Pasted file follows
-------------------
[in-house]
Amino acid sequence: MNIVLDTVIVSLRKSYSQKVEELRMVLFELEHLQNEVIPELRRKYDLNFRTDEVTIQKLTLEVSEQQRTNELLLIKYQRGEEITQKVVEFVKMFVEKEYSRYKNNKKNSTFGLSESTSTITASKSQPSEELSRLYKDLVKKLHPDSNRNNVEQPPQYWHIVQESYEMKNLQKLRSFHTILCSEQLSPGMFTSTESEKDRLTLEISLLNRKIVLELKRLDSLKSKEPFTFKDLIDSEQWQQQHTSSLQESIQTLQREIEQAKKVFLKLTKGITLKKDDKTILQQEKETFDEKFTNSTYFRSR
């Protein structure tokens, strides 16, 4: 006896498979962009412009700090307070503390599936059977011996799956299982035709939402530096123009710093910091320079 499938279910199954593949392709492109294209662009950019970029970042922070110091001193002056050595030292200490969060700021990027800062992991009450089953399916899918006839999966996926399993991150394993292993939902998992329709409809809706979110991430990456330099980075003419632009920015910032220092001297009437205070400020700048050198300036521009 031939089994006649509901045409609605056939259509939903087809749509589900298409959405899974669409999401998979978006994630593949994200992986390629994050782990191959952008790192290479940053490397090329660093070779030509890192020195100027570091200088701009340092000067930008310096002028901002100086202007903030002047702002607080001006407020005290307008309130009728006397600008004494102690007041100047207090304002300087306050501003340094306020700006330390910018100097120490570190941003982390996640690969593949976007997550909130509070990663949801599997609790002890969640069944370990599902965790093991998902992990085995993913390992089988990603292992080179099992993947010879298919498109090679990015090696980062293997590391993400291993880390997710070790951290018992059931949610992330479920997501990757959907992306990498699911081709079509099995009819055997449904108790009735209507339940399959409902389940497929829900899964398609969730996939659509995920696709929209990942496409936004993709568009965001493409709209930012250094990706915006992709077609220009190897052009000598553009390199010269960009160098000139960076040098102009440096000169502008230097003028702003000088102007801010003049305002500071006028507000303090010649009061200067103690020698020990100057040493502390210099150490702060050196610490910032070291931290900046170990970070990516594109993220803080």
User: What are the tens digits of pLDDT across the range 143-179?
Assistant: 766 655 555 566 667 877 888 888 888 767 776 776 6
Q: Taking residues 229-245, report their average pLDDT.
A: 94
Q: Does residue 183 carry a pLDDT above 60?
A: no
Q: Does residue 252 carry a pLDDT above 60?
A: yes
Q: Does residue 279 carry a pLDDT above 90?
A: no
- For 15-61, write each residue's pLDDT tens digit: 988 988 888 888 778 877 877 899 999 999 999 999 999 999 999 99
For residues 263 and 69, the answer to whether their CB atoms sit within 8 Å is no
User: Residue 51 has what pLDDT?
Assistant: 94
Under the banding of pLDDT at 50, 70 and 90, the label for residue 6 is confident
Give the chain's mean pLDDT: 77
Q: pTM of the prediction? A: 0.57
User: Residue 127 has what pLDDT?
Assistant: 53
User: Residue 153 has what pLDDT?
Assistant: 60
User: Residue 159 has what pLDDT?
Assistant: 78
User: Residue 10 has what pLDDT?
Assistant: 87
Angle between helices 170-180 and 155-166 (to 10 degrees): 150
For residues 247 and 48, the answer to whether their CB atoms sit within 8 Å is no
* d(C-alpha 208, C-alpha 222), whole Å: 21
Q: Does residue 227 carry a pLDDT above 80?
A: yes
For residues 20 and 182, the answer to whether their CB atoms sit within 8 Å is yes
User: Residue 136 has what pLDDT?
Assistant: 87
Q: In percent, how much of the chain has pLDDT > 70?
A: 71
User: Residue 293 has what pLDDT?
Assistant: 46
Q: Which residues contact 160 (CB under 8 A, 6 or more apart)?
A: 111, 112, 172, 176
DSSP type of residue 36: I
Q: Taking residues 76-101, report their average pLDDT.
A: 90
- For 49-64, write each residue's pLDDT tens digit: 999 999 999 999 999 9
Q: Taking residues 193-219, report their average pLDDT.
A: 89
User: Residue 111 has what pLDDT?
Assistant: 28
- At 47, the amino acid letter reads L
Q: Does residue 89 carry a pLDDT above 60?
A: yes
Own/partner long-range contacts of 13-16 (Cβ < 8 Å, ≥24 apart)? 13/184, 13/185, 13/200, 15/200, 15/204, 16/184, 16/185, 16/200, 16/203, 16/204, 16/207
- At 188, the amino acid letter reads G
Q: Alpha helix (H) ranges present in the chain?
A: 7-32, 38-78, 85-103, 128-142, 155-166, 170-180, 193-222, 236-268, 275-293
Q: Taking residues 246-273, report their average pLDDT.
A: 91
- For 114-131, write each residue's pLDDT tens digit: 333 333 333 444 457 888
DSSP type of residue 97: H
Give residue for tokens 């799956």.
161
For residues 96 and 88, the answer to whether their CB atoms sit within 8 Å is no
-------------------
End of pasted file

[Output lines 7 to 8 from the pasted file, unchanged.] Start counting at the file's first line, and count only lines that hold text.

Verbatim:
A: 94
Q: Does residue 183 carry a pLDDT above 60?